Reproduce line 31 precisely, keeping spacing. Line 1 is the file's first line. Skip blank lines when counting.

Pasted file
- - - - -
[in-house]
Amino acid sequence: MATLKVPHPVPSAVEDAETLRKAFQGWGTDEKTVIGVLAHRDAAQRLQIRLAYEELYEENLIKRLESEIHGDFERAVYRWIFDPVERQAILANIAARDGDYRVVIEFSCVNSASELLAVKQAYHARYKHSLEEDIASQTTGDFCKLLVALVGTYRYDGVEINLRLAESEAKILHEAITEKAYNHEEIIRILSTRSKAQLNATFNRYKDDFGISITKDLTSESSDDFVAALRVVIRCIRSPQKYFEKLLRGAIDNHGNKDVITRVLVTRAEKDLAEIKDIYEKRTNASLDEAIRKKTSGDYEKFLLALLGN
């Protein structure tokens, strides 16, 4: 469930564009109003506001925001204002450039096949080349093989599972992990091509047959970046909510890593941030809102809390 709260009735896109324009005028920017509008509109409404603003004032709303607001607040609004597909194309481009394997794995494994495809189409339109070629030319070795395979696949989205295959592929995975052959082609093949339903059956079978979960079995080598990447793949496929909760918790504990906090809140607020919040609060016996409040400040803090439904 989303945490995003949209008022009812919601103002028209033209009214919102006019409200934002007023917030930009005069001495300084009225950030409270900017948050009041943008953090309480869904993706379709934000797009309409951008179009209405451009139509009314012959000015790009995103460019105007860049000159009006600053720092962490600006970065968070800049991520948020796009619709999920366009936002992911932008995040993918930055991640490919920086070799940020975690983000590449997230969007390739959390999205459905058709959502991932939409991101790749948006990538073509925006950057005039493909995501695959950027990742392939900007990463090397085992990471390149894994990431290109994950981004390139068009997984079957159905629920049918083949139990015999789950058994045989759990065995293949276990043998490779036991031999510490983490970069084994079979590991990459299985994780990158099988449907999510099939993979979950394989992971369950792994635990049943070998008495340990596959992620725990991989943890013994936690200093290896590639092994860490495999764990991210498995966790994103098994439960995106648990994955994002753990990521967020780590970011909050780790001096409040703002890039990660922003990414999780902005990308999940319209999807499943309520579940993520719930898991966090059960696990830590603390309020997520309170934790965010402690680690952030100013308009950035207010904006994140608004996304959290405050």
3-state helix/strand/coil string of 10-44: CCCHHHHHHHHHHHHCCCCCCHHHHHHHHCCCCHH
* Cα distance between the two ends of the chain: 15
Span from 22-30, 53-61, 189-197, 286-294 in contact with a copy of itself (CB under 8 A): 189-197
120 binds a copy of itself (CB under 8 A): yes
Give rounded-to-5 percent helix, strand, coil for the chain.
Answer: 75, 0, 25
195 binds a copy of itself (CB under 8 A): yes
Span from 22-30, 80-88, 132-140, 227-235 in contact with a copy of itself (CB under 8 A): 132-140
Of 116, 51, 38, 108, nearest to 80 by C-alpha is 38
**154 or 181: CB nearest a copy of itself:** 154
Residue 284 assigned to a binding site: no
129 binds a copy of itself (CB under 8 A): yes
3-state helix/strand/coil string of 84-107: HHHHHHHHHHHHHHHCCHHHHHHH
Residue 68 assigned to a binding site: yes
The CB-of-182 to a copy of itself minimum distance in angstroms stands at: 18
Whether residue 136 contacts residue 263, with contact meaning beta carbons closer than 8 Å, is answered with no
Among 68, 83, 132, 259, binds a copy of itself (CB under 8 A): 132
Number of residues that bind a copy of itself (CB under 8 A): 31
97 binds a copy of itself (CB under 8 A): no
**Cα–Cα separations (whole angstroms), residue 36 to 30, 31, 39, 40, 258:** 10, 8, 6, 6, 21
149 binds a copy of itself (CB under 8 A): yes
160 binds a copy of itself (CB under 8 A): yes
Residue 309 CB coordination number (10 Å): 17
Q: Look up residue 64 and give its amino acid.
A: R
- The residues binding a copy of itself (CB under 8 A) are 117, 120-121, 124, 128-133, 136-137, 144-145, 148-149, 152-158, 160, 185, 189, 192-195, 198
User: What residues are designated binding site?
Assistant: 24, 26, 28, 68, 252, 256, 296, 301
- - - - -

Assistant: 24, 26, 28, 68, 252, 256, 296, 301